We live in an era where the specter and awareness of child abuse is so pervasive that you can’t just throw that issue into a narrative without really taking it on — doing anything less would be like introducing the proverbial gun and then never having anyone fire it. Based on Israeli director Nadav Lapid’s 2014 drama of the same title, Sara Colangelo’s “The Kindergarten Teacher” stars Maggie Gyllenthal as the title figure, a dissatisfied working wife and mother on Staten Island whose frustrated artistic aspirations find an outlet of sorts in the discovery that one of her 5-year-old charges is an apparent poetical prodigy.
As her interest rapidly grows from enthusiasm to obsession, she begins crossing the line of acceptable professional behavior — but with viewers uncertain whether she’s simply an over-zealous mentor or someone who poses a real threat to a child’s well-being, the ambiguity with which Colangelo views that line-crossing frustrates as well as intrigues. For the lead actress (also a producer here), this is a chance to play another complex, problematic, not-entirely-likable character in the mode of such prior personal-best roles as “Secretary” and “Sherrybaby.” But the hazy middle ground between “Good Will Hunting” and creepy psychological thriller inhabited here is perhaps a zone a little too grey for a topic as charged as that which “Teacher” ambivalently circles.
Lisa Spinelli (Gyllenhaal) has taught school for 20 years, and is evidently quite good at it. But it’s not enough; nor is an amiable but way-past-passionate marriage to Michael Chernus’ spouse. Their two teenage children (Daisy Tahan, Sam Jules) have their own lives now, and are “conventional” in ways that mom clearly disapproves of. She wants “something more” for them all, but particularly herself: something rooted in self-expression and art. To this end, she’s taking an adult education course in poetry writing, though so far her own work has elicited little enthusiasm from either classmates or the instructor (Gael Garcia Bernal).
Popular on Variety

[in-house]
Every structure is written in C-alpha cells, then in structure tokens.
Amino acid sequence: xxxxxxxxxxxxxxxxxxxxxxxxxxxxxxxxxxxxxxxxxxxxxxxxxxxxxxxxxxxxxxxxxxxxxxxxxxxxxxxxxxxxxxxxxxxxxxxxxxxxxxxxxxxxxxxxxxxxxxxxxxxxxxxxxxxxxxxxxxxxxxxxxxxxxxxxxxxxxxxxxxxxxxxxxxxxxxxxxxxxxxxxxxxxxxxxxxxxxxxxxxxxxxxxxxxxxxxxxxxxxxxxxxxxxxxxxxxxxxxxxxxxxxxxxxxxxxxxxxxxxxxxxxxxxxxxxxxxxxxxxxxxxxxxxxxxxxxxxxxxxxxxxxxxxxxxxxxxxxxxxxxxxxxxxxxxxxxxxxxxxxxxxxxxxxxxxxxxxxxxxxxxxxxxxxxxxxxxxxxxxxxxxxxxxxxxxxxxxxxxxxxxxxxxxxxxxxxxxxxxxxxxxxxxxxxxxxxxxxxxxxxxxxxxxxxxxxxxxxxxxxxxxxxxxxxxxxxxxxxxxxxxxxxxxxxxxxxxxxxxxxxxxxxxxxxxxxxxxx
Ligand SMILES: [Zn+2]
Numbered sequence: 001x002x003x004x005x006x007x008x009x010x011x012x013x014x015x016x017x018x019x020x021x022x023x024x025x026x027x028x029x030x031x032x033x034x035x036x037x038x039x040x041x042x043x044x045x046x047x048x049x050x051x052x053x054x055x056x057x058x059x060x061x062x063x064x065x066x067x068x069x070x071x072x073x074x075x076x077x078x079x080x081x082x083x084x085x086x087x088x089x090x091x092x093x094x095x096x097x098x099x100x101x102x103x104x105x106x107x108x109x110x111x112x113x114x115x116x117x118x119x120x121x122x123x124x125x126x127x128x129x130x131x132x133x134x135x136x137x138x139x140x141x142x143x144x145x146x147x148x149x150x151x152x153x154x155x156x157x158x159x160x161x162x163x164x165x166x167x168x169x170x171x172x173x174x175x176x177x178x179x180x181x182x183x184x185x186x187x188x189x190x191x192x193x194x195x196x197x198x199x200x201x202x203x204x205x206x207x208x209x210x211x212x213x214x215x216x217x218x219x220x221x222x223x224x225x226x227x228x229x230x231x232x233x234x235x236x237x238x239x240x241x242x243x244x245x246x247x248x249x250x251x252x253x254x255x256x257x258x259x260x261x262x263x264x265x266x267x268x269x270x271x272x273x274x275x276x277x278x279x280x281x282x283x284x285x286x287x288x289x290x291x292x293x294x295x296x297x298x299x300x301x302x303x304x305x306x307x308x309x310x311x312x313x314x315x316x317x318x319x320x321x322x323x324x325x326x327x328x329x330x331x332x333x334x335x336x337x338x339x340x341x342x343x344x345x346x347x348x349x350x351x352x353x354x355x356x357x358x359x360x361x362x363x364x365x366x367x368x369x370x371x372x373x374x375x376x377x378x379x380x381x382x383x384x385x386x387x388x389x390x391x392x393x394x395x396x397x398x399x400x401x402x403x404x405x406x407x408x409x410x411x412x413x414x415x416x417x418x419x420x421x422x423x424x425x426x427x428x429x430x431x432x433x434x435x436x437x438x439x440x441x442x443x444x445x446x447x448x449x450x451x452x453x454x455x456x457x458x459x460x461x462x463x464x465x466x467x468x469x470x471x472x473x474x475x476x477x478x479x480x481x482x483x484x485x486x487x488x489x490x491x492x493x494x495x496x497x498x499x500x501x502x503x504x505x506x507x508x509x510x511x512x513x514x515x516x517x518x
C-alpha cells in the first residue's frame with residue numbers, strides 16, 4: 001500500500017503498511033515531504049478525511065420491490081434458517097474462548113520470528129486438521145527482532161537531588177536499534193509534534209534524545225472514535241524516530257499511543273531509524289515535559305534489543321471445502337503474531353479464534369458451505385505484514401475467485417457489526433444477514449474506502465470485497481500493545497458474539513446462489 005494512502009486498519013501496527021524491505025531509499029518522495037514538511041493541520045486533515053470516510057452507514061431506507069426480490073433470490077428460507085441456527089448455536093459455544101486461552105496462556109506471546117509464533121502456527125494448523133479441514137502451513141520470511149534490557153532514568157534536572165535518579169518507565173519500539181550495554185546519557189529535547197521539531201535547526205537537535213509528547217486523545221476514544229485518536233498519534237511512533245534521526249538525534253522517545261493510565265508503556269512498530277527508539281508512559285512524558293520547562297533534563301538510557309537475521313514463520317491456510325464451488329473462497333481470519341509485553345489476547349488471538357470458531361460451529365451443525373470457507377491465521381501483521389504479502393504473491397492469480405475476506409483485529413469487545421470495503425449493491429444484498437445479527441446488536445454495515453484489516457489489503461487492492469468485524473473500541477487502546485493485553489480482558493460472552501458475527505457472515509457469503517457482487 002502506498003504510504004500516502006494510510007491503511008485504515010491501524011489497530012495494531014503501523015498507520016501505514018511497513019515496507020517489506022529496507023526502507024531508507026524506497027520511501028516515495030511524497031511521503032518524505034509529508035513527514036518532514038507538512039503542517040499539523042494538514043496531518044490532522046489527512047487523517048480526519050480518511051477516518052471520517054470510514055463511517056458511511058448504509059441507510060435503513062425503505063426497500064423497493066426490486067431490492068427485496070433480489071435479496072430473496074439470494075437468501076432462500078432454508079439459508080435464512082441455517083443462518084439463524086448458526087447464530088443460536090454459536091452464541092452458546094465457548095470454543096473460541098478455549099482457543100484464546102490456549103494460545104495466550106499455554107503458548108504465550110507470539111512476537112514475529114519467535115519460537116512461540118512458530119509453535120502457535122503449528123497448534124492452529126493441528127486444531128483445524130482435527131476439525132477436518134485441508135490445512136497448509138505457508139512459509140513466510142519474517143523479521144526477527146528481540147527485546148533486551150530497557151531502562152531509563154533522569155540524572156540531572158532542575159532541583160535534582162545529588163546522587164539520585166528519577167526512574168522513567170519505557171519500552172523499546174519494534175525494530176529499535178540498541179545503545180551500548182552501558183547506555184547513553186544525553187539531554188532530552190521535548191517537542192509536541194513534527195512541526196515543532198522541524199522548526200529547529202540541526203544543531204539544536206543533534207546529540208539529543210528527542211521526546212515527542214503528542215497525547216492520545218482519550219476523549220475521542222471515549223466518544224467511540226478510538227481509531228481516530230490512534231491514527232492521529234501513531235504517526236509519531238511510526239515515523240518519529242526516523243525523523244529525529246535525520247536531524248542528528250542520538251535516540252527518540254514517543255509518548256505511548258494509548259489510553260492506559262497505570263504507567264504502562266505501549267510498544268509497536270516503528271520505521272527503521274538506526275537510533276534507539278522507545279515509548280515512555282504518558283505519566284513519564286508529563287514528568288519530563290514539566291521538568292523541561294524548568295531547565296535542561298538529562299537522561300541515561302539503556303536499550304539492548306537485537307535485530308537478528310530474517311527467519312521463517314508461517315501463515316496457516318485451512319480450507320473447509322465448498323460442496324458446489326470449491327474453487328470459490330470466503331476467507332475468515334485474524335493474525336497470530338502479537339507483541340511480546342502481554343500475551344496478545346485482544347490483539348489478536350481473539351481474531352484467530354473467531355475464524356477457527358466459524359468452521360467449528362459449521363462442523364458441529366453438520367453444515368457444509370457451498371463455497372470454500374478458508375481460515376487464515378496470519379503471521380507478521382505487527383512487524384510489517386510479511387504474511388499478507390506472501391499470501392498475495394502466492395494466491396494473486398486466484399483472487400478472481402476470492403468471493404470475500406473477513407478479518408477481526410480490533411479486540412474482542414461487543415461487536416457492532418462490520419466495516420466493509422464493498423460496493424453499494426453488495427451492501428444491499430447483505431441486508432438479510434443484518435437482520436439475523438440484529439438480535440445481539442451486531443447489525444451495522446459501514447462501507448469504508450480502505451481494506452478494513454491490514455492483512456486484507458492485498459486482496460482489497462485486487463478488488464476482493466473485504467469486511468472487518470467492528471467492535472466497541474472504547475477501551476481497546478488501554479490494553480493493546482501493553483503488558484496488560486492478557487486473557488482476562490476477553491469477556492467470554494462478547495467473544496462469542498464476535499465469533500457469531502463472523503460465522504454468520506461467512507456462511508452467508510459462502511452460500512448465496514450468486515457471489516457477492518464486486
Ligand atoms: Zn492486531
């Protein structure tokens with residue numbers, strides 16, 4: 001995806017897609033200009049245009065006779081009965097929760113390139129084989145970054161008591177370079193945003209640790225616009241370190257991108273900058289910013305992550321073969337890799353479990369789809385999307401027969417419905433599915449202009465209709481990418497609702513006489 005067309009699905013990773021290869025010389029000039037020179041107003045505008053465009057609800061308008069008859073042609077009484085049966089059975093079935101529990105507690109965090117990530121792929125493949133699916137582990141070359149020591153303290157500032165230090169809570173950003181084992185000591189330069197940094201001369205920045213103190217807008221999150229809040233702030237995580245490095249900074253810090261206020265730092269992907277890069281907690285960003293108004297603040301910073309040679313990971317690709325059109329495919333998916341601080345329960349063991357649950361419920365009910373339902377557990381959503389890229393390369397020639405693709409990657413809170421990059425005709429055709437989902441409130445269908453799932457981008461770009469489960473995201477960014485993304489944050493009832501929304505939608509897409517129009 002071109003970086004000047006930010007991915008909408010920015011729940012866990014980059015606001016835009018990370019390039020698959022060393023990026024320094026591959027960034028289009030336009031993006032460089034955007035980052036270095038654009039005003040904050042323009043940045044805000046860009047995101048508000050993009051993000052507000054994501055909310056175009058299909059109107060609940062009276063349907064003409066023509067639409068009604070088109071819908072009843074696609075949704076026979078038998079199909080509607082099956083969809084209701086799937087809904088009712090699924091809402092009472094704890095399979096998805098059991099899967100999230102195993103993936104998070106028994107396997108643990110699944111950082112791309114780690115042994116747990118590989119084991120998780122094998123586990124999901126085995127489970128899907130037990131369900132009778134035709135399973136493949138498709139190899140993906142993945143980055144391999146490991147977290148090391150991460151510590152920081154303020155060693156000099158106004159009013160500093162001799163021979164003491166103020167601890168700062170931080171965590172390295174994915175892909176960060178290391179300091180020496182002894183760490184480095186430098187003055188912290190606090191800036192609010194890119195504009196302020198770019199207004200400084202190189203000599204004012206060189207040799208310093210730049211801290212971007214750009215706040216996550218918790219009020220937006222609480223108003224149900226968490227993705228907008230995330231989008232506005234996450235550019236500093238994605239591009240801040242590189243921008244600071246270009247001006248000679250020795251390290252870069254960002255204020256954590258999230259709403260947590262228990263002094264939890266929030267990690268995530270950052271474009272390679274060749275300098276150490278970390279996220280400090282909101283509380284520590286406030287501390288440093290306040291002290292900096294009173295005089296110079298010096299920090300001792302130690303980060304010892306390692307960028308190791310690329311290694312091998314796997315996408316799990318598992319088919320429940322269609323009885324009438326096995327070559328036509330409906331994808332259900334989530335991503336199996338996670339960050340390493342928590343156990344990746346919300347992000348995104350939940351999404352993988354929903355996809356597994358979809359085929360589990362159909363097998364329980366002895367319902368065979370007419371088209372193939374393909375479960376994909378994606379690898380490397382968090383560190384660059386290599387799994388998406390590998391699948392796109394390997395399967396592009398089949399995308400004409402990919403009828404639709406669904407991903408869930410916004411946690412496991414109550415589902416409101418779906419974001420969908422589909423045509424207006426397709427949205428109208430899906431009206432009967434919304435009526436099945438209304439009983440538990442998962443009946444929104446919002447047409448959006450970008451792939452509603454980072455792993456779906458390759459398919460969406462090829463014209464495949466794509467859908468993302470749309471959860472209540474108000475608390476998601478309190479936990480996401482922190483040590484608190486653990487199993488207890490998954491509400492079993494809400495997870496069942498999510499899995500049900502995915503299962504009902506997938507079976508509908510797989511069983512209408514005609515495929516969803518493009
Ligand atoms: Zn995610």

One day at work a little boy named Jimmy (Parker Sevak), who’s often stuck waiting after school for his tardy nanny to pick him up, opens his mouth and spontaneously recites a bit of weirdly precocious poetry, seemingly off the top of his head. When this turns out to be more than a freak occurrence, Lisa begins urging the boy’s caregivers (his parents are divorced) to write down any such utterances for posterity, while she commences trying to encourage his muse in any other way she can think of. This leads to her taking him out of class (even during nap-time) for private conversations, and other things that are a little odd between a 5-year-old boy and a 40-year-old he’s not related to. She also starts reading his “work” in her writing class, neglecting to note that it isn’t hers, and getting an immediate uptick in appreciation for a talent that had excited no one before. (Indeed, when later she again reads something of her own, Bernal’s flirty prof is lukewarm once again.)
Feeling increasingly that no one else cares about Jimmy’s “young Mozart”-level potential — or about things like poetry, period, anymore — her actions become more invasive and reckless. Eventually she is doing that thing that is never, ever acceptable in our society today: taking someone else’s child somewhere under false pretenses, without parental permission.
Shaping the basic elements of Laipid’s original script but also freely adapting and altering them, Colangelo (whose underrated 2014 first feature “Little Accidents” was about the aftermath of a fatal mining accident) has created a consistently interesting if slow-moving drama that works very well as a showcase for its lead performer. Gyllenhaal has always been particularly good at conveying reservoirs of disquiet in characters who may not be able to fully grasp (let alone articulate) what their lives lack. But if Lisa compels interest with her restlessness and increasingly dodgy decisions, we expect a film portraying her to have a firmer take on what she’s made of: Are we dealing with potential molestation here? Mental illness? Or just a seeker of truth and beauty who’s found an artistic soulmate the world isn’t quite ready for?
That the fadeout suggests this last scenario is still even a possibility further clouds the film’s impact. The equivocation with which Colangelo presents Lisa’s motivations and actions can’t help but draw us in. The lack of any real resolution in terms of psychological insight, however, leaves this a movie whose glass is half empty — maybe it’s just not possible to have a story about a 5-year-old’s de facto stalker that isn’t sure what it (or we) should think about the matter.
Supporting performances are strong within their limits, with Bernal bringing lots of layers to his few scenes, while pint-sized Sevak is a naturalistic blank just enigmatic enough to pull off the notion of a child who just might spout adult-sounding, melancholic verbiage. The presentation is thoughtfully low-key, with no showy effects in Pepe Avila Del Pino’s widescreen cinematography or Asher Goldschmidt’s piano-based score.